Brawn puts Leclerc at head of new post-Alonso F1 generation

Charles Leclerc (MON) Ferrari SF71H. 28.11.2018. Formula 1 Testing
© XPB 

Formula 1's director of motorsports Ross Brawn says that he's excited to see a new generation of motor racing talent about to come to the fore in 2019.

While lamenting the loss of big established stars of the sport such as Fernando Alonso, Brawn felt that the arrival of a new wave of bright young things would be a welcome injection of new blood.

Most notably, Brawn felt that Ferrari's uncharacteristically rapid promotion of Charles Leclerc to a full-time seat at Maranello after just a single season in F1 at Sauber was proof of an exciting season in store.

“Leclerc has been pretty impressive,” Brawn told the website this week.

"Being at Ferrari brings enormous pressure," he added, aware that Leclerc will have to quickly prove himself against his new team mate Sebastian Vettel.

"He’s not had a tough reference yet," Brawn pointed out. "That will come in 2019.

"He’ll have the pressure of racing against a world champion, a multi-world champion, so he’s going to have a pretty challenging year.

"But from what I have seen so far, I expect him to do a very respectable job."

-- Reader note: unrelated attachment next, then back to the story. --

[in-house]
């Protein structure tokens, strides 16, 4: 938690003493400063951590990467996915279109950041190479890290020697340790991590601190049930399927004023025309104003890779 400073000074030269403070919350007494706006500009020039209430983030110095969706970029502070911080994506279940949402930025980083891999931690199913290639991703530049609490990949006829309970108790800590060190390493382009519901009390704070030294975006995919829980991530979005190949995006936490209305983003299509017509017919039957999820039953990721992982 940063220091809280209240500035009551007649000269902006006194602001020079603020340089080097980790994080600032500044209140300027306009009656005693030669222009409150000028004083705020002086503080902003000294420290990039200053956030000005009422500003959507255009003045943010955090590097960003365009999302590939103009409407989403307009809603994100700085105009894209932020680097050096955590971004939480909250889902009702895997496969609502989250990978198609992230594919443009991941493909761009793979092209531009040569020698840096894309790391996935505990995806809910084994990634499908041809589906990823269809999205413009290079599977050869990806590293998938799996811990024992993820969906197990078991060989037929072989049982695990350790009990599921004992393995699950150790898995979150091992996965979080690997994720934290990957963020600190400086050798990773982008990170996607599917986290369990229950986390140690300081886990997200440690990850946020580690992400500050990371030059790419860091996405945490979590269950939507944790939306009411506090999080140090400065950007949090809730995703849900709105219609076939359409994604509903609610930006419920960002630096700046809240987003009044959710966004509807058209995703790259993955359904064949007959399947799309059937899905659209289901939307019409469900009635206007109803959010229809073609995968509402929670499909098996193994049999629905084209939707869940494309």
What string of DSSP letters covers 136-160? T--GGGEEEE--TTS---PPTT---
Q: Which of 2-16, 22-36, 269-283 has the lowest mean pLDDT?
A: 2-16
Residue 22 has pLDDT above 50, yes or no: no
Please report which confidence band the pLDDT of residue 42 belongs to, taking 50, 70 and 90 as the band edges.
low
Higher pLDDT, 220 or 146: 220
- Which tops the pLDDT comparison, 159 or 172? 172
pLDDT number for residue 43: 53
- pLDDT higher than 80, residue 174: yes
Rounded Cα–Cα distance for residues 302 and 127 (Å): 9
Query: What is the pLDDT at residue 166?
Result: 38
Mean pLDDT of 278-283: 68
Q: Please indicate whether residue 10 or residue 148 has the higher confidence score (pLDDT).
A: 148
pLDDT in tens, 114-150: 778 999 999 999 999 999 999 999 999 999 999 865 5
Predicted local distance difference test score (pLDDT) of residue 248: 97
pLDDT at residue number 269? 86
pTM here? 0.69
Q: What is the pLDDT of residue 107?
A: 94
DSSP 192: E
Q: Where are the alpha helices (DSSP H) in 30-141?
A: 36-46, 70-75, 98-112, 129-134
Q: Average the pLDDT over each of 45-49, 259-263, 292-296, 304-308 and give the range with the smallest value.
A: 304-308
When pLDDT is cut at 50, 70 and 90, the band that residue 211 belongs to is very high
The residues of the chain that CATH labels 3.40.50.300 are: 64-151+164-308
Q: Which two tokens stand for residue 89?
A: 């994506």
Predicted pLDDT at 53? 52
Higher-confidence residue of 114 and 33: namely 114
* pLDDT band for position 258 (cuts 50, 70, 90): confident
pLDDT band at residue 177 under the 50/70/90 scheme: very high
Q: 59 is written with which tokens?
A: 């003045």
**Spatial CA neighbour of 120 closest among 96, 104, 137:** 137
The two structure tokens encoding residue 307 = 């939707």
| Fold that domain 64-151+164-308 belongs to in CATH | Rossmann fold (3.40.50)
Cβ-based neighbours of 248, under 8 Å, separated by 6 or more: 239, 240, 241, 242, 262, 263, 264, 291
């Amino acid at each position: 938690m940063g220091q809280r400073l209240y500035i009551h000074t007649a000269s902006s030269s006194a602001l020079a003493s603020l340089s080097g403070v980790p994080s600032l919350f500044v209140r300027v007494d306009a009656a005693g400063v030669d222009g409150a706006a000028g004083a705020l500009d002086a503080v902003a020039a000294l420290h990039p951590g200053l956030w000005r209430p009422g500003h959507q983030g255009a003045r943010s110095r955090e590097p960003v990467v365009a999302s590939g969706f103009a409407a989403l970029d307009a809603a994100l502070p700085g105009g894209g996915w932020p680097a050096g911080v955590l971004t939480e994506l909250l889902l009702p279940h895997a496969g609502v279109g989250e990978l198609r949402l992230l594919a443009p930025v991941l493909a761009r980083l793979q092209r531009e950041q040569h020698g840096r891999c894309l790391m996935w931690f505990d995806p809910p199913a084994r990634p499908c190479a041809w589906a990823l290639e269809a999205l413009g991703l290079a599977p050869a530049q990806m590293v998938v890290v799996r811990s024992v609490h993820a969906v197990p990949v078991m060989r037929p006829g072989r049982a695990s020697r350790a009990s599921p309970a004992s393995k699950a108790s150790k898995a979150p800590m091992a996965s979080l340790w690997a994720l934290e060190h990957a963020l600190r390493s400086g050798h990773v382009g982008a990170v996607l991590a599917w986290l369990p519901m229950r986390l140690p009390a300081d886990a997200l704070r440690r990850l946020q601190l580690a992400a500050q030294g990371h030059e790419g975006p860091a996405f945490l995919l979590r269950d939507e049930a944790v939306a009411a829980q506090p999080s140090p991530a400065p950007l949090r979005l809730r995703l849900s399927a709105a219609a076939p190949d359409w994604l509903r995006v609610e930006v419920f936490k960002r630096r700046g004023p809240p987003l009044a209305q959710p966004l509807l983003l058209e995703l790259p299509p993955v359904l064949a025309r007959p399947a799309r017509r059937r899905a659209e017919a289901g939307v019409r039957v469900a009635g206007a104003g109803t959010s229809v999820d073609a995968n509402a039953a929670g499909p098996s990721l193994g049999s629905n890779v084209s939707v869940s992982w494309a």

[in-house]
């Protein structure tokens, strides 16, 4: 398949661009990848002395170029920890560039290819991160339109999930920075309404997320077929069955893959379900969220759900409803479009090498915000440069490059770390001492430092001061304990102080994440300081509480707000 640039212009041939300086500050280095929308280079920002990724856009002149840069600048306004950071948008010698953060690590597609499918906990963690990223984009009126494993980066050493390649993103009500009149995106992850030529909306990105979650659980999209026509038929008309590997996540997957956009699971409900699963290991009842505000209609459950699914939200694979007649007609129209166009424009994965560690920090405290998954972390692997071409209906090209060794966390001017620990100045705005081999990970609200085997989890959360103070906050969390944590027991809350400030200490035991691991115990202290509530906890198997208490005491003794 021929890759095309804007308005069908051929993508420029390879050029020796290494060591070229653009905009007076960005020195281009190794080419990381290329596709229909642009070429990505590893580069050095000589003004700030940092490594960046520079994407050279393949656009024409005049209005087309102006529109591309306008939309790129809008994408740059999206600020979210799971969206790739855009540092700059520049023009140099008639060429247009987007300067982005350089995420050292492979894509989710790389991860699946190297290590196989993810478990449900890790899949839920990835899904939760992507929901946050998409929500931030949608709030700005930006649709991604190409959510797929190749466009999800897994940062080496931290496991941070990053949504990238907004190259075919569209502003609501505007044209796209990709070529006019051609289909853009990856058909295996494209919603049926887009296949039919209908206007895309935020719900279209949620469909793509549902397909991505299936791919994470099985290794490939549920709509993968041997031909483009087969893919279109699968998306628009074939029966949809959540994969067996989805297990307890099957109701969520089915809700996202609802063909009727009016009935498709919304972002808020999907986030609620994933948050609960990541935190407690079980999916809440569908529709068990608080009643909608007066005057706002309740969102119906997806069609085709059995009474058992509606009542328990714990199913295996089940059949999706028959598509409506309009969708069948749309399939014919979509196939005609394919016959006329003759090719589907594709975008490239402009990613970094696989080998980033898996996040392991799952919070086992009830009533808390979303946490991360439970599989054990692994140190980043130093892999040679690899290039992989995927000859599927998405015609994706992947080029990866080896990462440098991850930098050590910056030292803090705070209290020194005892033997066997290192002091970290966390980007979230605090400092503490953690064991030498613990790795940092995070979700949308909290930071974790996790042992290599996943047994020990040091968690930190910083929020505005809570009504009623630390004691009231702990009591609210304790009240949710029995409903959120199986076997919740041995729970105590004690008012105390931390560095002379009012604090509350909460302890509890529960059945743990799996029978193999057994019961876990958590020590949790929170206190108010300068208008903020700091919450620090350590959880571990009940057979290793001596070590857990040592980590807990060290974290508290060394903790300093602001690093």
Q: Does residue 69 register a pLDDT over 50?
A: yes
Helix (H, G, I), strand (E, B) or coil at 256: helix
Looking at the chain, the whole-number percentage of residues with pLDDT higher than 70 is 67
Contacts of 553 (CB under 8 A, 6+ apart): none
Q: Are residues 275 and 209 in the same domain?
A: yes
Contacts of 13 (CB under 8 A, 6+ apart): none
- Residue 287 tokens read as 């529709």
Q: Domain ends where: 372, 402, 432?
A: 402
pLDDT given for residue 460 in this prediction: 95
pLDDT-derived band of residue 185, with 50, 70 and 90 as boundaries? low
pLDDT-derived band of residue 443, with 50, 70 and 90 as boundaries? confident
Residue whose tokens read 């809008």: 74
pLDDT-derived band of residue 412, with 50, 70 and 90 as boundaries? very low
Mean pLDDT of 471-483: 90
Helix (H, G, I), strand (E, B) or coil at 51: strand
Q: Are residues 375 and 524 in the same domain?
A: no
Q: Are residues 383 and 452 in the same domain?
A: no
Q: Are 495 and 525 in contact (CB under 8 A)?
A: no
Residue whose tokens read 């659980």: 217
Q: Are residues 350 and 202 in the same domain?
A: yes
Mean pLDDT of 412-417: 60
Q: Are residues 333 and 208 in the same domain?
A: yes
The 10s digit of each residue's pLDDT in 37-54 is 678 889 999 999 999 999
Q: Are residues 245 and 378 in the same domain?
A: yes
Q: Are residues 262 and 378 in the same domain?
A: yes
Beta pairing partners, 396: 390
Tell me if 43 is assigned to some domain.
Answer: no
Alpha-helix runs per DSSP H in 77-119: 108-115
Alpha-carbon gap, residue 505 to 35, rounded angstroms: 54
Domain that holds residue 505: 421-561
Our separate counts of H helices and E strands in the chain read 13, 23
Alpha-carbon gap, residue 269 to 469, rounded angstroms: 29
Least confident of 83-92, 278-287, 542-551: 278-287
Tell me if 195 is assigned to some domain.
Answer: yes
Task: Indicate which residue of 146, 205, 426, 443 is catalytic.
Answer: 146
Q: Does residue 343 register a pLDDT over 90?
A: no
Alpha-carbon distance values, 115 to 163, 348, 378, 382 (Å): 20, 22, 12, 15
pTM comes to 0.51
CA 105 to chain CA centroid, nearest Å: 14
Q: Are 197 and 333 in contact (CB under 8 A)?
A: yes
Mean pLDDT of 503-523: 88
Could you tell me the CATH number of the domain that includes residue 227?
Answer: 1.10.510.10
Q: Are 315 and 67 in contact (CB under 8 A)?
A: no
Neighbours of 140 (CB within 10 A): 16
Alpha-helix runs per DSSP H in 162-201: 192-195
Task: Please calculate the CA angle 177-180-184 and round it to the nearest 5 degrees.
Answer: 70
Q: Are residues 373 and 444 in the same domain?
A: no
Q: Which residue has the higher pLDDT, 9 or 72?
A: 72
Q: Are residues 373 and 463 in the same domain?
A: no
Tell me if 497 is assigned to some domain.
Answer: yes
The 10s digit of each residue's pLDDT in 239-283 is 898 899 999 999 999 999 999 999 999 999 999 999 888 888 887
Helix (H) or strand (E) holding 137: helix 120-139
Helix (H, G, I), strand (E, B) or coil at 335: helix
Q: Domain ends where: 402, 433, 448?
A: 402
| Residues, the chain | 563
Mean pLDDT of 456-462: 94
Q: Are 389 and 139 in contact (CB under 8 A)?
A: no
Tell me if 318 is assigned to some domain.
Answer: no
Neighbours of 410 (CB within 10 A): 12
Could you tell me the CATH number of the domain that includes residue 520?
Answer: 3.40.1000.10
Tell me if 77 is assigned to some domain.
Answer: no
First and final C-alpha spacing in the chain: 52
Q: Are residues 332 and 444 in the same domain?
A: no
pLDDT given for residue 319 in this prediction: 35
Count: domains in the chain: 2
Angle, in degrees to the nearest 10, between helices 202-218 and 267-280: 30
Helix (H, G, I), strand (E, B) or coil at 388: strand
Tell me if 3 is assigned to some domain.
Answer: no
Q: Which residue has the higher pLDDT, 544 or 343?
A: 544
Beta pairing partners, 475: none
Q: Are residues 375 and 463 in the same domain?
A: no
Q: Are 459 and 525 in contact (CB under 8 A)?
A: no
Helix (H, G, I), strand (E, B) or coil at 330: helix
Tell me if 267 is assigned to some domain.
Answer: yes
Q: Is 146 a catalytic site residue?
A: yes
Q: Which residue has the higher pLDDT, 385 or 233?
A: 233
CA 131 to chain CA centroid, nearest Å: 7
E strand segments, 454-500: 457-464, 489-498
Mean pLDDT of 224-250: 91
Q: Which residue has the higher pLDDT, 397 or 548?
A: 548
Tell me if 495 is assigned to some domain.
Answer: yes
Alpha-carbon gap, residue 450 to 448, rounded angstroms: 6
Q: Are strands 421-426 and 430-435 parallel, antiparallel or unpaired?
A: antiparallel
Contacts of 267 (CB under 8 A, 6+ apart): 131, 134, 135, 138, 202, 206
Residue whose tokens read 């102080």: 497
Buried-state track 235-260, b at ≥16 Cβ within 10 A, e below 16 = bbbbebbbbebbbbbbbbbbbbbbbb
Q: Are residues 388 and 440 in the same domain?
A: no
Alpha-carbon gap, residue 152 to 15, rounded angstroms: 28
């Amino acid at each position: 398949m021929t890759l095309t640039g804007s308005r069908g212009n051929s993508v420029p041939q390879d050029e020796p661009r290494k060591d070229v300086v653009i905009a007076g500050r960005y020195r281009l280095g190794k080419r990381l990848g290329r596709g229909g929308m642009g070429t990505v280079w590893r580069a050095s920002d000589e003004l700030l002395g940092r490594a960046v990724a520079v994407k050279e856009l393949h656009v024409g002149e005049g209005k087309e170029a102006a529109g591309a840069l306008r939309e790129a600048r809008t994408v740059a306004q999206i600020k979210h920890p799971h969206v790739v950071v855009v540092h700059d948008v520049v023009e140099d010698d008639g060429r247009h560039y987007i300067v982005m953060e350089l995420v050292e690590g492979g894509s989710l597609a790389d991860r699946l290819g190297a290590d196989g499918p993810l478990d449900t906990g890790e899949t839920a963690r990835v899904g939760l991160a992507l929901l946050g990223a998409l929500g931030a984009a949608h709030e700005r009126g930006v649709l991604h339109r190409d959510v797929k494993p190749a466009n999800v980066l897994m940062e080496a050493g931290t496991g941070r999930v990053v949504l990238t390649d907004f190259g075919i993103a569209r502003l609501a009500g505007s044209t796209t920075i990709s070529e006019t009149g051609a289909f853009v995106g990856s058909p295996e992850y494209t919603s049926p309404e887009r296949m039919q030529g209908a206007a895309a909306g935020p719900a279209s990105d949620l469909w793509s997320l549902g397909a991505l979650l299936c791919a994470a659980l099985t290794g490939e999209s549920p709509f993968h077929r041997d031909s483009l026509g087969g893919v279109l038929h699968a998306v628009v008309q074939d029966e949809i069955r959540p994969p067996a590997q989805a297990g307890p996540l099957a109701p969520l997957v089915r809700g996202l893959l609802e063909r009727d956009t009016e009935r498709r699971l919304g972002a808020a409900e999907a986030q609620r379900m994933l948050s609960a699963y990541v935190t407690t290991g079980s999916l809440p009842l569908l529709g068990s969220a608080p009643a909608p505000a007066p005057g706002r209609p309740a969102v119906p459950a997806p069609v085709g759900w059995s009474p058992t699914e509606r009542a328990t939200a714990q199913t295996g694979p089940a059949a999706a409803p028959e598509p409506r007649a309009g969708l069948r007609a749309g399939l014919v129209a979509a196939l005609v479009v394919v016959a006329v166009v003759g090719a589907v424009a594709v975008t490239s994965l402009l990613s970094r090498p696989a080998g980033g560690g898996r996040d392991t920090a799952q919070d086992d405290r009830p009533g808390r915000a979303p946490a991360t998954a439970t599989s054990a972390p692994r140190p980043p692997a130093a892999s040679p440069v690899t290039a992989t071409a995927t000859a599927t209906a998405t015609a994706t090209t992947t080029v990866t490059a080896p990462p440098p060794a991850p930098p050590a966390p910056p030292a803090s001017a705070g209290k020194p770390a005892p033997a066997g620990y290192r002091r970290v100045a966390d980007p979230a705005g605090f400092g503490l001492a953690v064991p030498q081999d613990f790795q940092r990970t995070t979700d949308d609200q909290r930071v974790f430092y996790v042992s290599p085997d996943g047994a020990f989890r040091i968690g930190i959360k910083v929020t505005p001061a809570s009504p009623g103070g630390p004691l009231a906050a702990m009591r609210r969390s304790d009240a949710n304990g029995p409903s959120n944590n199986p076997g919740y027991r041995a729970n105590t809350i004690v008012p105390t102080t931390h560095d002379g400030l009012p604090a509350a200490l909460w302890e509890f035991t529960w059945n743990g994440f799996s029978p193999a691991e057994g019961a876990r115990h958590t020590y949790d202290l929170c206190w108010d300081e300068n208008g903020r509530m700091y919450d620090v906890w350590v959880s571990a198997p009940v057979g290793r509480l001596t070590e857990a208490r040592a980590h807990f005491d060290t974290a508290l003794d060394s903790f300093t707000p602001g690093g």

Pierre Gasly also gets a promotion to a Big Three team after just a single season in a junior team, while Antonio Giovinazzi finally gets a shot to prove himself at Sauber after making two appearances for the team in 2017.

Three young Formula 2 will also be making their bow on the F1 stage when the new season gets underway in Melbourne with the Australian Grand Prix on March 17.

"We have lost Fernando Alonso, but we have Leclerc being put into Ferrari, Gasly in at Red Bull, and George Russell, Lando Norris and Alexander Albon stepping up," Brawn commented. "There’s a lot of interesting stuff going on."

Asked which of them would be the one to shine brightest in 2019, Brawn was quick to reply: "I think Leclerc is probably at the head of that generation.”

Compared to the new influx of drivers, Daniil Kvyat could almost be considered an old hand. But despite being a veteran of 72 Grand Prix races with Toro Rosso and Red Bull, the Russian is still only 24 as he prepares to return to the grid after a one-year hiatus on the sidelines.

At the other end of the age spectrum, another 2019 returnee Robert Kubica turned 34 last week. He'll be back on the grid with Williams next year after more than eight years out of F1 following his 2011 rally crash.

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